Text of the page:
When you are young, one of the last things you are thinking about when you are doing anything is, “Oh this might make me get a hip replacement someday.”
Orthopedic surgery isn’t something people typically worry about, but in reality, they should be more aware of how their current activities affect their hip health.
Your hips are very important; the more you wear them out, the sooner you will feel it and the sooner you will have to take more serious and drastic measures to care for them.
Here are five ways you are hurting your hips without even knowing it, and recognizing them now will help prevent a heap-load of pain later.
A Few Extra Pounds
Being healthy and staying in shape is important for all your joints, but even a little extra weight can have some lasting effects on your hip and knee joints.
According to Harvard Medical School, our bodies are built to hold certain amounts of weight, and this applies to our hips and joints as well. The specifics obviously vary for each person and each body type. Luckily our bodies know how to compensate for most scenarios, but they also have limits.
Through proper diet and exercise, we can keep our weight evenly and healthily distributed for pain-free joints.
A Sedentary Lifestyle
This is something we hear often when it comes to the health of the body, but that’s because it’s a highly valid and true point.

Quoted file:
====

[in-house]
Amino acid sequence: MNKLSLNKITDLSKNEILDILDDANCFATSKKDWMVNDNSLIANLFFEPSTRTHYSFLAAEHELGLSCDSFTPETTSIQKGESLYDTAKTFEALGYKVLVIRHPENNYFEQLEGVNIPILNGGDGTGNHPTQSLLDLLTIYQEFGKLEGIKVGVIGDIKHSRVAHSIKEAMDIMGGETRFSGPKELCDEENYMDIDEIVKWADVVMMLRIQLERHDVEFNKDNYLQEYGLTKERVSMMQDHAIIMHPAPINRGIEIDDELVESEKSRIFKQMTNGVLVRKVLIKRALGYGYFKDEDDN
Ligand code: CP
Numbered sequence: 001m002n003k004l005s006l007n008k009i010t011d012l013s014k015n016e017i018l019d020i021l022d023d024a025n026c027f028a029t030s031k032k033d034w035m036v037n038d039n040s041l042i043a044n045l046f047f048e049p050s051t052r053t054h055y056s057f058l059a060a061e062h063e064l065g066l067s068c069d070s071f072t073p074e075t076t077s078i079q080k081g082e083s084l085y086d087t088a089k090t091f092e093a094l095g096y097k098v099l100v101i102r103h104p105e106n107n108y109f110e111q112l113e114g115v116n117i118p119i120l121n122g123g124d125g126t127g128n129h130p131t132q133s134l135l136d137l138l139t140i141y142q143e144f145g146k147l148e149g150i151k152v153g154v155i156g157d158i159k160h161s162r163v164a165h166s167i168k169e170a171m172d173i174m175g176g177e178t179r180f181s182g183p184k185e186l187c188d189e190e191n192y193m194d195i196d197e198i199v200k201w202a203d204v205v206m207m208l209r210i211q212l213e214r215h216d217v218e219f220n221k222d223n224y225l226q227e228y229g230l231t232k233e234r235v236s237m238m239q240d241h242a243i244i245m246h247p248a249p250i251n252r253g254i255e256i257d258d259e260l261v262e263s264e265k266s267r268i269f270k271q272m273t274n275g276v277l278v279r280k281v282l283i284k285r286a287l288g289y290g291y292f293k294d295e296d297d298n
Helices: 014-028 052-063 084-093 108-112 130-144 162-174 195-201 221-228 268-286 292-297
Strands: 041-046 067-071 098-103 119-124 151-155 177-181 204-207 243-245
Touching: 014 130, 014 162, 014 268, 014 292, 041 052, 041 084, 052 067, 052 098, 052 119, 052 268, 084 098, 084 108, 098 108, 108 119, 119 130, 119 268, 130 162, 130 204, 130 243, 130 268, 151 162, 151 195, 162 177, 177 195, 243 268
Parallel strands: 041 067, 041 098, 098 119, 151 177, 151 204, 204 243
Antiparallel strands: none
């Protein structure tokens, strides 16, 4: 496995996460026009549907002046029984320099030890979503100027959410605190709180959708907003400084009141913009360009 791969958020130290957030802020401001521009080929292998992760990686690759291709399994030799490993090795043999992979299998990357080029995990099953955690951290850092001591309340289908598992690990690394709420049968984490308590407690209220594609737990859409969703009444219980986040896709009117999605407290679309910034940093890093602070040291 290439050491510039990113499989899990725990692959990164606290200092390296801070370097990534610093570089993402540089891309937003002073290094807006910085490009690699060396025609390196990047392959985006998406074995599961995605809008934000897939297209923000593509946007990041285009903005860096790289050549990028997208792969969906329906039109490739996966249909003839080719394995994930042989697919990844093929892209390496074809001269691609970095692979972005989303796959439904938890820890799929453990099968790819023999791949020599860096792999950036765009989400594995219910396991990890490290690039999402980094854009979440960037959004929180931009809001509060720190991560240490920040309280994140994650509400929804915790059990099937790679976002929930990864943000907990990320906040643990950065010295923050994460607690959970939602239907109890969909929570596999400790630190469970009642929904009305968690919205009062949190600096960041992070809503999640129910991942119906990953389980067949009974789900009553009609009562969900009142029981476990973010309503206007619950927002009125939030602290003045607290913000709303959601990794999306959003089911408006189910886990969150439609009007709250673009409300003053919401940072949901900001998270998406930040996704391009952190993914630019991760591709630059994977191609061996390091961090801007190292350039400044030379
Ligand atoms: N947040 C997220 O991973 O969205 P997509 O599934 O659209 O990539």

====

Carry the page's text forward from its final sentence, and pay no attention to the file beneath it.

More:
When we sit too much or stand in the same positions too much, it can put strain on your hips that eventually turn into something more painful and severe.
Getting up and moving will exercise your muscles and allow your joints to be more flexible and loose, which helps prevent the need for hip or orthopedic surgery in the long run.
Not Knowing your Health History
Even though you can do many things to prevent the eventuality of hip pain, there are also hereditary hip and bone predispositions to consider.
If problems such as arthritis and osteoporosis run in your family, it is important to be aware of and keep them in mind of when it comes to your hip and joint health.
In these cases, it’s especially important to be mindful of your overall health, meaning staying active, watching your weight, and eating a nutritionally balanced diet.
Not surprising at all is learning that what you decide to put on your feet and walk around in all day can contribute to lower back and hip pain.
Wearing high heels of two inches or more too often can cause back pain and hip pain.
It’s best to wear super high heels sparingly, and if for some reason your profession or personal preference requires heels on a daily basis, keep them on the shorter side.
Repetitive Exercises on Your Hips
Exercise is important and very beneficial to your body, but it also depends on the types of exercise you do.
An important thing to remember is to not do too many lateral exercises. A good examples of this is walking every day, those forward and backward–lateral-movements. When you go to the gym, make sure to do exercises that require other movements, not just the elliptical, bike, or treadmill.
Switch it up with exercises that require you to move side to side, because this works different types of muscles which will help your hips with all the different movements that your body needs to make, or prepare your body to handle more extreme circumstances like falling or twisting the wrong way.